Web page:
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oddjobbob

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Everything posted by oddjobbob

  1. What happens is you go to court and win a CCJ against the dealer. Who then offers £10 a month to settle. You CAN refuse this but are encouraged to accept. No £10 a month appears You send in the bailiffs The dealer claims it is not him / has no assets etc You send in the sheriffs. By which time all the cars are in someone else's name. So despite the fact you won, you lost. ****
  2. Indeed, but without loads of hassle and the likelihood of not getting paid I think it's the best that could be achieved. The thing is, why didn't the dealer just auction it 'as seen' if he knew about the problem. That's what I used to do.
  3. Yep that just about nails it. Uneconomical to repair due to value of vehicle so only suitable for spares or DIY repair.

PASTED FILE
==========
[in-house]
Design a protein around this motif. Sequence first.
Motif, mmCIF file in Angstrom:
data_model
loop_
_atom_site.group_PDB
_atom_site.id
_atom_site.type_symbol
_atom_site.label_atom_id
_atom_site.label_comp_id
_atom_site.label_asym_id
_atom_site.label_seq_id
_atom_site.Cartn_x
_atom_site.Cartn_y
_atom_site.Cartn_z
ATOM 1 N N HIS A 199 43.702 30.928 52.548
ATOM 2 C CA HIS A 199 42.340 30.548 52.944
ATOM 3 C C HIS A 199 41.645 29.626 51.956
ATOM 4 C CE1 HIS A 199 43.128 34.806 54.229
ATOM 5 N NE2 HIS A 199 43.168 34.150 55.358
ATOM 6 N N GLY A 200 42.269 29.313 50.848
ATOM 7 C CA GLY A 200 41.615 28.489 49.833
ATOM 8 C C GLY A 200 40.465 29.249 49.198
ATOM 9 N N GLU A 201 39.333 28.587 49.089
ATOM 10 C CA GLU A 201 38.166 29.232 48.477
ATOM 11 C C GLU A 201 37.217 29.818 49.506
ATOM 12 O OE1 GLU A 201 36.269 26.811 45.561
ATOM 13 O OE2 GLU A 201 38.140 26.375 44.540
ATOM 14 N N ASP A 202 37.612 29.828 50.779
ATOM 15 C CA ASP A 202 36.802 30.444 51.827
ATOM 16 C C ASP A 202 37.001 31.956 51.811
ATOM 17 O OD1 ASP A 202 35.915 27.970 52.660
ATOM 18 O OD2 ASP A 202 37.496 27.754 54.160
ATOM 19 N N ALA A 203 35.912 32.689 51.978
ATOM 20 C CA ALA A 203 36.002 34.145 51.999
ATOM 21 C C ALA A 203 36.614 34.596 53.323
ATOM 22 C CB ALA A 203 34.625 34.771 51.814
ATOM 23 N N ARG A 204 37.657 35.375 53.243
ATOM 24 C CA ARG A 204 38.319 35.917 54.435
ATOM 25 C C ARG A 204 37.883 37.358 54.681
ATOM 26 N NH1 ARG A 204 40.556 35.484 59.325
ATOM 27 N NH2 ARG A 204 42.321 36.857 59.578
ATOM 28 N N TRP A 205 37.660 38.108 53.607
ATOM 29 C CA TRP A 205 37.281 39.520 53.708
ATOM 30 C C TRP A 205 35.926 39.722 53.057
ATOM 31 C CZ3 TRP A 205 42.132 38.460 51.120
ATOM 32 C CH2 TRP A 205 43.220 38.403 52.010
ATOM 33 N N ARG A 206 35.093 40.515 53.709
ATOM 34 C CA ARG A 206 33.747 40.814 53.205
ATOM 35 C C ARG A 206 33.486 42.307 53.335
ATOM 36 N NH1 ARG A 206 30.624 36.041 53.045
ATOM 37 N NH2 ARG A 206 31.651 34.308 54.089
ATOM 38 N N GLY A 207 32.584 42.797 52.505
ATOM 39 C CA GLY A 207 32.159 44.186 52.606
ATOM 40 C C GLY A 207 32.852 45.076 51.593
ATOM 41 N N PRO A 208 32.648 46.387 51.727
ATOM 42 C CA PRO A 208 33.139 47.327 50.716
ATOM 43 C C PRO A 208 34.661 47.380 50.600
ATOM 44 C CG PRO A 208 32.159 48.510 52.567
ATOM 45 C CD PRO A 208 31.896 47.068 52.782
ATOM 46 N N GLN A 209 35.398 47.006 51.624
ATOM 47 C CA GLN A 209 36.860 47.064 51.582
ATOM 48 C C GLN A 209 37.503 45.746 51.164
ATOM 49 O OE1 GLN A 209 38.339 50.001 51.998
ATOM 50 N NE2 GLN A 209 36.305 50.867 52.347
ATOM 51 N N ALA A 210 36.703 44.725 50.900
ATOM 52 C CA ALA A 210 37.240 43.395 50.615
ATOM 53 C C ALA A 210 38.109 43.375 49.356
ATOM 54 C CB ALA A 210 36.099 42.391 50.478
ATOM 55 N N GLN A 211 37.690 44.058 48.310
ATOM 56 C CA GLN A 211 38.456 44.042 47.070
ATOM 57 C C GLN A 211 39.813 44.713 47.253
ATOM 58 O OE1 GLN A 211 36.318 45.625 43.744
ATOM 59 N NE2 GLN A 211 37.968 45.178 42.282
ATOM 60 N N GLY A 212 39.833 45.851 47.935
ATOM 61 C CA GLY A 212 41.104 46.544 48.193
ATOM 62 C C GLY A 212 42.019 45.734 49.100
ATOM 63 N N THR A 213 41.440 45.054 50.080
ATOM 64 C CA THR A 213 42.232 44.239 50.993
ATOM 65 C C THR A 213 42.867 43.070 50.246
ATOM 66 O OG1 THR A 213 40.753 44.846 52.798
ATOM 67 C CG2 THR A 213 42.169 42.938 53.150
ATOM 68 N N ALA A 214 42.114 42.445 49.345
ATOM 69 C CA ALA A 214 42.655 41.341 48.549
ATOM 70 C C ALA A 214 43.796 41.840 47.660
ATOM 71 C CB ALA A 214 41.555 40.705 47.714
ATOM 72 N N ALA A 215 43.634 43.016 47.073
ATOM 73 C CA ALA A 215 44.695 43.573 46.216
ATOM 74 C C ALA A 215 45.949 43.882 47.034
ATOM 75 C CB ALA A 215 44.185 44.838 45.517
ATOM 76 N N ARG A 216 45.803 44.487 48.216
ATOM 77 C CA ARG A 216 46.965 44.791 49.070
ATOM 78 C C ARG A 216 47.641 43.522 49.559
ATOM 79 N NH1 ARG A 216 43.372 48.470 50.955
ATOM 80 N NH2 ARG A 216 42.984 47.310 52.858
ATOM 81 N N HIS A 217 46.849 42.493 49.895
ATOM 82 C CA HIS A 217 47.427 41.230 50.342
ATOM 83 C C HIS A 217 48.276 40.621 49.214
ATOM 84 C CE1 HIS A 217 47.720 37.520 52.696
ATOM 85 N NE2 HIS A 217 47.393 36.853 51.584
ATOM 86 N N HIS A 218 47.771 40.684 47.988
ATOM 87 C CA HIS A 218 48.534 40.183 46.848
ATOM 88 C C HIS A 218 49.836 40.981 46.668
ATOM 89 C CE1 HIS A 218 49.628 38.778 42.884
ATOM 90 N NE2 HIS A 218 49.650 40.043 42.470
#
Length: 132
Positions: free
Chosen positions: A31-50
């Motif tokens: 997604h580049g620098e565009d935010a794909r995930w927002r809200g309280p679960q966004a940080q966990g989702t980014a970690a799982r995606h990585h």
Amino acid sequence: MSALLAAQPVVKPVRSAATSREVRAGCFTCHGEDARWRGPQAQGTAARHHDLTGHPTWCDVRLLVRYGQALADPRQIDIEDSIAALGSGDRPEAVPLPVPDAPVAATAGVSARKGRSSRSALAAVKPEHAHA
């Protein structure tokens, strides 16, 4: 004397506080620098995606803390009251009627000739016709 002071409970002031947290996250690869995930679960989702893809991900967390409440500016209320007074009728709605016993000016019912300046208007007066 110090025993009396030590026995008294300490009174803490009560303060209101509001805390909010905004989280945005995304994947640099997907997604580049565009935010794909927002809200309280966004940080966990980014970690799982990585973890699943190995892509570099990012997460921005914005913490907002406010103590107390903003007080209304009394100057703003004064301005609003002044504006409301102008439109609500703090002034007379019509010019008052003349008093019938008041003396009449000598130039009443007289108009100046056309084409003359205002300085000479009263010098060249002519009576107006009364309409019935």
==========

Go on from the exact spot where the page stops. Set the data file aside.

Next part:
4. It means it's being sold on the basis that the buyer is going to use it for spares or carry out repairs to it. It can still be roadworthy. For example, a car with a warped cylinder head that uses a pint of water every 20 miles and would cost £750 to repair can still pass an MOT test and therefore be fit to use on a public road as shown by an MOT tester having declared it fit.
  5. Yes, unless the car is being sold for spares - effectively for scrap purposes. Otherwise any mechanically imperfect vehicle would be valueless.